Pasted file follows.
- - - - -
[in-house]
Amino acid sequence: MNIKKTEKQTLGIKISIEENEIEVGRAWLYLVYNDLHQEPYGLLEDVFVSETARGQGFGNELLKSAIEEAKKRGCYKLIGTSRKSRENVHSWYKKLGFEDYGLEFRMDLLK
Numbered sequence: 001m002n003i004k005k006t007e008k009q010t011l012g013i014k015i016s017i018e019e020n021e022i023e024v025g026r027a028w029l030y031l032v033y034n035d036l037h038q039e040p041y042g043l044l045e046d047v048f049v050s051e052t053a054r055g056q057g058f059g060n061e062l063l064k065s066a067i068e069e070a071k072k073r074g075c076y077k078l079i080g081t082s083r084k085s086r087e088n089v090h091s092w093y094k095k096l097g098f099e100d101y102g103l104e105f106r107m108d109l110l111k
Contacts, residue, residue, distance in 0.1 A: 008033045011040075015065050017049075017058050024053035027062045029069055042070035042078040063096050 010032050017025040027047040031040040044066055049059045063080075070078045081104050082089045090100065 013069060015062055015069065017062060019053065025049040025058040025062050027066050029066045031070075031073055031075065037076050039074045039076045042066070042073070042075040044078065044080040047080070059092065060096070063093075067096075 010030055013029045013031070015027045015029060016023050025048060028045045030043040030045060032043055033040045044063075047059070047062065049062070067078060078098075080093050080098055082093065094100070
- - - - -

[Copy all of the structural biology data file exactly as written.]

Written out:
[in-house]
Amino acid sequence: MNIKKTEKQTLGIKISIEENEIEVGRAWLYLVYNDLHQEPYGLLEDVFVSETARGQGFGNELLKSAIEEAKKRGCYKLIGTSRKSRENVHSWYKKLGFEDYGLEFRMDLLK
Numbered sequence: 001m002n003i004k005k006t007e008k009q010t011l012g013i014k015i016s017i018e019e020n021e022i023e024v025g026r027a028w029l030y031l032v033y034n035d036l037h038q039e040p041y042g043l044l045e046d047v048f049v050s051e052t053a054r055g056q057g058f059g060n061e062l063l064k065s066a067i068e069e070a071k072k073r074g075c076y077k078l079i080g081t082s083r084k085s086r087e088n089v090h091s092w093y094k095k096l097g098f099e100d101y102g103l104e105f106r107m108d109l110l111k
Contacts, residue, residue, distance in 0.1 A: 008033045011040075015065050017049075017058050024053035027062045029069055042070035042078040063096050 010032050017025040027047040031040040044066055049059045063080075070078045081104050082089045090100065 013069060015062055015069065017062060019053065025049040025058040025062050027066050029066045031070075031073055031075065037076050039074045039076045042066070042073070042075040044078065044080040047080070059092065060096070063093075067096075 010030055013029045013031070015027045015029060016023050025048060028045045030043040030045060032043055033040045044063075047059070047062065049062070067078060078098075080093050080098055082093065094100070